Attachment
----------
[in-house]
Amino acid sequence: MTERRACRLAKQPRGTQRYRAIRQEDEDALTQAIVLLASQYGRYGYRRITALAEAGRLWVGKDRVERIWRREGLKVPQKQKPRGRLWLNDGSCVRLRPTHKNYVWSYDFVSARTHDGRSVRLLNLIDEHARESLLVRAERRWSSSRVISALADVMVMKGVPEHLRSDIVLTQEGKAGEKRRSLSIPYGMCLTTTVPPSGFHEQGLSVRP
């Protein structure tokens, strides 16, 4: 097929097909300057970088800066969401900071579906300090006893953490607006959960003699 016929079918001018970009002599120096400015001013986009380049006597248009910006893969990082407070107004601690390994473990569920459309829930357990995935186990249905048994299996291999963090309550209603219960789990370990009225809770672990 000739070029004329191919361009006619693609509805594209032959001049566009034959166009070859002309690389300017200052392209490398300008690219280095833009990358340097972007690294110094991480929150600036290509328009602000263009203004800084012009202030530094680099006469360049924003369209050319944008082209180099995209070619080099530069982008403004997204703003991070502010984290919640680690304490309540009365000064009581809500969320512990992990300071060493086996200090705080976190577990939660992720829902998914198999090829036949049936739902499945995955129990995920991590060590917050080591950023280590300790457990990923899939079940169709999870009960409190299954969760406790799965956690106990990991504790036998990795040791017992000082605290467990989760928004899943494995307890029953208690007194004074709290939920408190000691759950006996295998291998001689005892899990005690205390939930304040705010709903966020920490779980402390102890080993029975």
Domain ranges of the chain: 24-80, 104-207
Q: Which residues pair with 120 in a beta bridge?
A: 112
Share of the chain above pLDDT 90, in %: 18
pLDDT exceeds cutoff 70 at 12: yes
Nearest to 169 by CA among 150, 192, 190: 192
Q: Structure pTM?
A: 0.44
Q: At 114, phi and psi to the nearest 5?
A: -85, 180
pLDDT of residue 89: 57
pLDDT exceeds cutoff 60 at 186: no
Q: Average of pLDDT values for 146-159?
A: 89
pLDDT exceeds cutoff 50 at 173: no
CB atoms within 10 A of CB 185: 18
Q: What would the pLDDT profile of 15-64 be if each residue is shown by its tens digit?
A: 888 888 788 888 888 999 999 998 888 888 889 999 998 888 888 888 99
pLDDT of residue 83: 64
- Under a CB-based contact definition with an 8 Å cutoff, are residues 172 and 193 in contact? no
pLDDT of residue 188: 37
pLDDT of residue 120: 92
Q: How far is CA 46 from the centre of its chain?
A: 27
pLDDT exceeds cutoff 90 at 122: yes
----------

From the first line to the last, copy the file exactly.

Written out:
[in-house]
Amino acid sequence: MTERRACRLAKQPRGTQRYRAIRQEDEDALTQAIVLLASQYGRYGYRRITALAEAGRLWVGKDRVERIWRREGLKVPQKQKPRGRLWLNDGSCVRLRPTHKNYVWSYDFVSARTHDGRSVRLLNLIDEHARESLLVRAERRWSSSRVISALADVMVMKGVPEHLRSDIVLTQEGKAGEKRRSLSIPYGMCLTTTVPPSGFHEQGLSVRP
């Protein structure tokens, strides 16, 4: 097929097909300057970088800066969401900071579906300090006893953490607006959960003699 016929079918001018970009002599120096400015001013986009380049006597248009910006893969990082407070107004601690390994473990569920459309829930357990995935186990249905048994299996291999963090309550209603219960789990370990009225809770672990 000739070029004329191919361009006619693609509805594209032959001049566009034959166009070859002309690389300017200052392209490398300008690219280095833009990358340097972007690294110094991480929150600036290509328009602000263009203004800084012009202030530094680099006469360049924003369209050319944008082209180099995209070619080099530069982008403004997204703003991070502010984290919640680690304490309540009365000064009581809500969320512990992990300071060493086996200090705080976190577990939660992720829902998914198999090829036949049936739902499945995955129990995920991590060590917050080591950023280590300790457990990923899939079940169709999870009960409190299954969760406790799965956690106990990991504790036998990795040791017992000082605290467990989760928004899943494995307890029953208690007194004074709290939920408190000691759950006996295998291998001689005892899990005690205390939930304040705010709903966020920490779980402390102890080993029975």
Domain ranges of the chain: 24-80, 104-207
Q: Which residues pair with 120 in a beta bridge?
A: 112
Share of the chain above pLDDT 90, in %: 18
pLDDT exceeds cutoff 70 at 12: yes
Nearest to 169 by CA among 150, 192, 190: 192
Q: Structure pTM?
A: 0.44
Q: At 114, phi and psi to the nearest 5?
A: -85, 180
pLDDT of residue 89: 57
pLDDT exceeds cutoff 60 at 186: no
Q: Average of pLDDT values for 146-159?
A: 89
pLDDT exceeds cutoff 50 at 173: no
CB atoms within 10 A of CB 185: 18
Q: What would the pLDDT profile of 15-64 be if each residue is shown by its tens digit?
A: 888 888 788 888 888 999 999 998 888 888 889 999 998 888 888 888 99
pLDDT of residue 83: 64
- Under a CB-based contact definition with an 8 Å cutoff, are residues 172 and 193 in contact? no
pLDDT of residue 188: 37
pLDDT of residue 120: 92
Q: How far is CA 46 from the centre of its chain?
A: 27
pLDDT exceeds cutoff 90 at 122: yes